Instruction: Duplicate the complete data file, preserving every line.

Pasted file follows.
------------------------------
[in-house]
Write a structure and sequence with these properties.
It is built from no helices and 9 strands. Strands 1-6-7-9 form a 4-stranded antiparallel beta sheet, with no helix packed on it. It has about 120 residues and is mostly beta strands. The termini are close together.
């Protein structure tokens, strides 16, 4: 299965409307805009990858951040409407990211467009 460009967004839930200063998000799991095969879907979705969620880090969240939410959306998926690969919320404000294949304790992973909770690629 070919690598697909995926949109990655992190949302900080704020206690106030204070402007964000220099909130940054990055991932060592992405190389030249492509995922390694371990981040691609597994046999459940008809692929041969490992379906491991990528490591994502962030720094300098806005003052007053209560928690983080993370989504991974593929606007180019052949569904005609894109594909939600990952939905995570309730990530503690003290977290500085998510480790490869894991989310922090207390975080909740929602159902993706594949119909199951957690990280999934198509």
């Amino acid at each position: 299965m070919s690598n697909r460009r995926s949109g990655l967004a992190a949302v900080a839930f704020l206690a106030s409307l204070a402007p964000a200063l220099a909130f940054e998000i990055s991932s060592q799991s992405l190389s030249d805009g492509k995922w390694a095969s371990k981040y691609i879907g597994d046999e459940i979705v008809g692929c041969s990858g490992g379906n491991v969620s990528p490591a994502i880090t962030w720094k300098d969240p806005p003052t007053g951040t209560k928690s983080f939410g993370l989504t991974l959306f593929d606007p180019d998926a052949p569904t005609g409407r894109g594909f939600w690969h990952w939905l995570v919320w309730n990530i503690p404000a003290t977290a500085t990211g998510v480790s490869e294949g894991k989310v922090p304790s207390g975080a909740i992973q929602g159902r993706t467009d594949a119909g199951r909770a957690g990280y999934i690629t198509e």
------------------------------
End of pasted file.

[in-house]
Write a structure and sequence with these properties.
It is built from no helices and 9 strands. Strands 1-6-7-9 form a 4-stranded antiparallel beta sheet, with no helix packed on it. It has about 120 residues and is mostly beta strands. The termini are close together.
């Protein structure tokens, strides 16, 4: 299965409307805009990858951040409407990211467009 460009967004839930200063998000799991095969879907979705969620880090969240939410959306998926690969919320404000294949304790992973909770690629 070919690598697909995926949109990655992190949302900080704020206690106030204070402007964000220099909130940054990055991932060592992405190389030249492509995922390694371990981040691609597994046999459940008809692929041969490992379906491991990528490591994502962030720094300098806005003052007053209560928690983080993370989504991974593929606007180019052949569904005609894109594909939600990952939905995570309730990530503690003290977290500085998510480790490869894991989310922090207390975080909740929602159902993706594949119909199951957690990280999934198509």
């Amino acid at each position: 299965m070919s690598n697909r460009r995926s949109g990655l967004a992190a949302v900080a839930f704020l206690a106030s409307l204070a402007p964000a200063l220099a909130f940054e998000i990055s991932s060592q799991s992405l190389s030249d805009g492509k995922w390694a095969s371990k981040y691609i879907g597994d046999e459940i979705v008809g692929c041969s990858g490992g379906n491991v969620s990528p490591a994502i880090t962030w720094k300098d969240p806005p003052t007053g951040t209560k928690s983080f939410g993370l989504t991974l959306f593929d606007p180019d998926a052949p569904t005609g409407r894109g594909f939600w690969h990952w939905l995570v919320w309730n990530i503690p404000a003290t977290a500085t990211g998510v480790s490869e294949g894991k989310v922090p304790s207390g975080a909740i992973q929602g159902r993706t467009d594949a119909g199951r909770a957690g990280y999934i690629t198509e």